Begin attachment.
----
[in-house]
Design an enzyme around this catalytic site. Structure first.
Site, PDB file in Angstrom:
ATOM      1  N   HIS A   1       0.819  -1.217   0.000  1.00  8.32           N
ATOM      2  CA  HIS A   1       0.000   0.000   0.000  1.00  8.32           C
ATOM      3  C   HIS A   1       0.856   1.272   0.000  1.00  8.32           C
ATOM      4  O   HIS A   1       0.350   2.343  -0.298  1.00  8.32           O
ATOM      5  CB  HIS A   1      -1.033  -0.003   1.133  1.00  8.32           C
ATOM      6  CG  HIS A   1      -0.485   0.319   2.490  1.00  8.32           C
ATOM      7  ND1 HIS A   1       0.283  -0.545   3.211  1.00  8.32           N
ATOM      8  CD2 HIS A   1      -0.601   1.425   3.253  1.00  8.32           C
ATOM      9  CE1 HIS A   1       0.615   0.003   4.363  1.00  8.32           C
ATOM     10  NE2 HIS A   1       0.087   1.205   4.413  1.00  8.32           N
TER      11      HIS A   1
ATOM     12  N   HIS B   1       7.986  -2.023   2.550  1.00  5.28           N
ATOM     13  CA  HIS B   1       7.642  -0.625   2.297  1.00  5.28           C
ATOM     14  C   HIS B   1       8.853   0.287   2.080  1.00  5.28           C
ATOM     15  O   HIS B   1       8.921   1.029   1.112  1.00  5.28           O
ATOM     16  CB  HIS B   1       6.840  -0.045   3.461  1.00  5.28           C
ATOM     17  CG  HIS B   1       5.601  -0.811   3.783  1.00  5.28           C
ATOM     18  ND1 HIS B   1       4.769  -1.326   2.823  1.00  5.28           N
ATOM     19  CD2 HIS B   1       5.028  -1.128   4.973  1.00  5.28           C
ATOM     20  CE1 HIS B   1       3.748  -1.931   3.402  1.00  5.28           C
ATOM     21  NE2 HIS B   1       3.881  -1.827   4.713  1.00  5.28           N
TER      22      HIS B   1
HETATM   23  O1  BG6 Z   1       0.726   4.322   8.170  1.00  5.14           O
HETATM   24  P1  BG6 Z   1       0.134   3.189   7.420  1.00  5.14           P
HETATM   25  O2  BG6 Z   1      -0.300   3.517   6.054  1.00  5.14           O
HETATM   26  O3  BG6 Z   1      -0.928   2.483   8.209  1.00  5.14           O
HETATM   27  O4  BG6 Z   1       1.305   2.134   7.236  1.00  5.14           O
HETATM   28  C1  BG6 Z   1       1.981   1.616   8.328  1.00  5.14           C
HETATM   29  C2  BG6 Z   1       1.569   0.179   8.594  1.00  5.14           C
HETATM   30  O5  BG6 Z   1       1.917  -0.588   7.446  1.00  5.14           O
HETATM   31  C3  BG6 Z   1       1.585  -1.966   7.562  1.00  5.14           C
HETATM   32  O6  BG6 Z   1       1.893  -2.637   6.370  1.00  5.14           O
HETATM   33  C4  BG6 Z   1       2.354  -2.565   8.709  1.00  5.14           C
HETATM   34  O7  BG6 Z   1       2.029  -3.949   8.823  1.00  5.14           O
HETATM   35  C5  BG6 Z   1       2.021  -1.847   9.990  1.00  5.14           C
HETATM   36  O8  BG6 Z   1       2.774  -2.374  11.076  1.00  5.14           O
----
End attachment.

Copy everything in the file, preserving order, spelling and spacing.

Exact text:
[in-house]
Design an enzyme around this catalytic site. Structure first.
Site, PDB file in Angstrom:
ATOM      1  N   HIS A   1       0.819  -1.217   0.000  1.00  8.32           N
ATOM      2  CA  HIS A   1       0.000   0.000   0.000  1.00  8.32           C
ATOM      3  C   HIS A   1       0.856   1.272   0.000  1.00  8.32           C
ATOM      4  O   HIS A   1       0.350   2.343  -0.298  1.00  8.32           O
ATOM      5  CB  HIS A   1      -1.033  -0.003   1.133  1.00  8.32           C
ATOM      6  CG  HIS A   1      -0.485   0.319   2.490  1.00  8.32           C
ATOM      7  ND1 HIS A   1       0.283  -0.545   3.211  1.00  8.32           N
ATOM      8  CD2 HIS A   1      -0.601   1.425   3.253  1.00  8.32           C
ATOM      9  CE1 HIS A   1       0.615   0.003   4.363  1.00  8.32           C
ATOM     10  NE2 HIS A   1       0.087   1.205   4.413  1.00  8.32           N
TER      11      HIS A   1
ATOM     12  N   HIS B   1       7.986  -2.023   2.550  1.00  5.28           N
ATOM     13  CA  HIS B   1       7.642  -0.625   2.297  1.00  5.28           C
ATOM     14  C   HIS B   1       8.853   0.287   2.080  1.00  5.28           C
ATOM     15  O   HIS B   1       8.921   1.029   1.112  1.00  5.28           O
ATOM     16  CB  HIS B   1       6.840  -0.045   3.461  1.00  5.28           C
ATOM     17  CG  HIS B   1       5.601  -0.811   3.783  1.00  5.28           C
ATOM     18  ND1 HIS B   1       4.769  -1.326   2.823  1.00  5.28           N
ATOM     19  CD2 HIS B   1       5.028  -1.128   4.973  1.00  5.28           C
ATOM     20  CE1 HIS B   1       3.748  -1.931   3.402  1.00  5.28           C
ATOM     21  NE2 HIS B   1       3.881  -1.827   4.713  1.00  5.28           N
TER      22      HIS B   1
HETATM   23  O1  BG6 Z   1       0.726   4.322   8.170  1.00  5.14           O
HETATM   24  P1  BG6 Z   1       0.134   3.189   7.420  1.00  5.14           P
HETATM   25  O2  BG6 Z   1      -0.300   3.517   6.054  1.00  5.14           O
HETATM   26  O3  BG6 Z   1      -0.928   2.483   8.209  1.00  5.14           O
HETATM   27  O4  BG6 Z   1       1.305   2.134   7.236  1.00  5.14           O
HETATM   28  C1  BG6 Z   1       1.981   1.616   8.328  1.00  5.14           C
HETATM   29  C2  BG6 Z   1       1.569   0.179   8.594  1.00  5.14           C
HETATM   30  O5  BG6 Z   1       1.917  -0.588   7.446  1.00  5.14           O
HETATM   31  C3  BG6 Z   1       1.585  -1.966   7.562  1.00  5.14           C
HETATM   32  O6  BG6 Z   1       1.893  -2.637   6.370  1.00  5.14           O
HETATM   33  C4  BG6 Z   1       2.354  -2.565   8.709  1.00  5.14           C
HETATM   34  O7  BG6 Z   1       2.029  -3.949   8.823  1.00  5.14           O
HETATM   35  C5  BG6 Z   1       2.021  -1.847   9.990  1.00  5.14           C
HETATM   36  O8  BG6 Z   1       2.774  -2.374  11.076  1.00  5.14           O